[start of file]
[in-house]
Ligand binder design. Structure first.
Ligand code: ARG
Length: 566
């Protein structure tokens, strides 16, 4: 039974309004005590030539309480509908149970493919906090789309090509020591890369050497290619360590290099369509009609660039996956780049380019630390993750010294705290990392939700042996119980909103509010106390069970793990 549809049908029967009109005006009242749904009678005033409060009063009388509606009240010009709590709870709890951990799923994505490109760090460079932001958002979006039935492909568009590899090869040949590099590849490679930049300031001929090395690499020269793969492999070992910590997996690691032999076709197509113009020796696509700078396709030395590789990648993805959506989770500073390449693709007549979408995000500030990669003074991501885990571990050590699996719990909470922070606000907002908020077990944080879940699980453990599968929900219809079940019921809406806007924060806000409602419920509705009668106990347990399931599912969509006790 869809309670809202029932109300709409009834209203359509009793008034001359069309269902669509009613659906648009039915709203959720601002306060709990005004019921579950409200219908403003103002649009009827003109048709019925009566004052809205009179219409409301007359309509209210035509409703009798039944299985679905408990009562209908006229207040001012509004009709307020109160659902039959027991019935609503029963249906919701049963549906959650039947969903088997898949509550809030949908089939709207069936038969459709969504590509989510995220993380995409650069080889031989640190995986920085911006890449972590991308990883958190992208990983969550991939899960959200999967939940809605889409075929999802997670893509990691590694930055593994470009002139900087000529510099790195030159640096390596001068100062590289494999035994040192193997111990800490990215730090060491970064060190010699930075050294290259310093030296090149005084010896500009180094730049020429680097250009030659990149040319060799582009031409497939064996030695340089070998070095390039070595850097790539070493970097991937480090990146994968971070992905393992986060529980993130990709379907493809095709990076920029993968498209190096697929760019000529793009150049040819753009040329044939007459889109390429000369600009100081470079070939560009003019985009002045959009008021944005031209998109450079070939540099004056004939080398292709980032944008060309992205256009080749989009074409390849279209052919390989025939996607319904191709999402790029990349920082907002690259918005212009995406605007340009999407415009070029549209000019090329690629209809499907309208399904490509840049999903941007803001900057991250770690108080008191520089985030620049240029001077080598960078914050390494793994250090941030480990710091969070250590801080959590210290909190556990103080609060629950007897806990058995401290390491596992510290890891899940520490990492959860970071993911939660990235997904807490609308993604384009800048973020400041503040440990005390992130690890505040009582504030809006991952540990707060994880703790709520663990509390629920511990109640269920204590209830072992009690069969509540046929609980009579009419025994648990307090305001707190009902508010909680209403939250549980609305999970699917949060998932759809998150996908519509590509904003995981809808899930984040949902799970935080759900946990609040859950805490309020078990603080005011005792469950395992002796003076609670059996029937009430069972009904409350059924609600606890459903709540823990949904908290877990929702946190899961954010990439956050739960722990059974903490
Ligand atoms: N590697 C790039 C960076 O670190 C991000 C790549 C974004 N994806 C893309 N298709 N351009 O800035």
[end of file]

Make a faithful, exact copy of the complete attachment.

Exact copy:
[in-house]
Ligand binder design. Structure first.
Ligand code: ARG
Length: 566
């Protein structure tokens, strides 16, 4: 039974309004005590030539309480509908149970493919906090789309090509020591890369050497290619360590290099369509009609660039996956780049380019630390993750010294705290990392939700042996119980909103509010106390069970793990 549809049908029967009109005006009242749904009678005033409060009063009388509606009240010009709590709870709890951990799923994505490109760090460079932001958002979006039935492909568009590899090869040949590099590849490679930049300031001929090395690499020269793969492999070992910590997996690691032999076709197509113009020796696509700078396709030395590789990648993805959506989770500073390449693709007549979408995000500030990669003074991501885990571990050590699996719990909470922070606000907002908020077990944080879940699980453990599968929900219809079940019921809406806007924060806000409602419920509705009668106990347990399931599912969509006790 869809309670809202029932109300709409009834209203359509009793008034001359069309269902669509009613659906648009039915709203959720601002306060709990005004019921579950409200219908403003103002649009009827003109048709019925009566004052809205009179219409409301007359309509209210035509409703009798039944299985679905408990009562209908006229207040001012509004009709307020109160659902039959027991019935609503029963249906919701049963549906959650039947969903088997898949509550809030949908089939709207069936038969459709969504590509989510995220993380995409650069080889031989640190995986920085911006890449972590991308990883958190992208990983969550991939899960959200999967939940809605889409075929999802997670893509990691590694930055593994470009002139900087000529510099790195030159640096390596001068100062590289494999035994040192193997111990800490990215730090060491970064060190010699930075050294290259310093030296090149005084010896500009180094730049020429680097250009030659990149040319060799582009031409497939064996030695340089070998070095390039070595850097790539070493970097991937480090990146994968971070992905393992986060529980993130990709379907493809095709990076920029993968498209190096697929760019000529793009150049040819753009040329044939007459889109390429000369600009100081470079070939560009003019985009002045959009008021944005031209998109450079070939540099004056004939080398292709980032944008060309992205256009080749989009074409390849279209052919390989025939996607319904191709999402790029990349920082907002690259918005212009995406605007340009999407415009070029549209000019090329690629209809499907309208399904490509840049999903941007803001900057991250770690108080008191520089985030620049240029001077080598960078914050390494793994250090941030480990710091969070250590801080959590210290909190556990103080609060629950007897806990058995401290390491596992510290890891899940520490990492959860970071993911939660990235997904807490609308993604384009800048973020400041503040440990005390992130690890505040009582504030809006991952540990707060994880703790709520663990509390629920511990109640269920204590209830072992009690069969509540046929609980009579009419025994648990307090305001707190009902508010909680209403939250549980609305999970699917949060998932759809998150996908519509590509904003995981809808899930984040949902799970935080759900946990609040859950805490309020078990603080005011005792469950395992002796003076609670059996029937009430069972009904409350059924609600606890459903709540823990949904908290877990929702946190899961954010990439956050739960722990059974903490
Ligand atoms: N590697 C790039 C960076 O670190 C991000 C790549 C974004 N994806 C893309 N298709 N351009 O800035």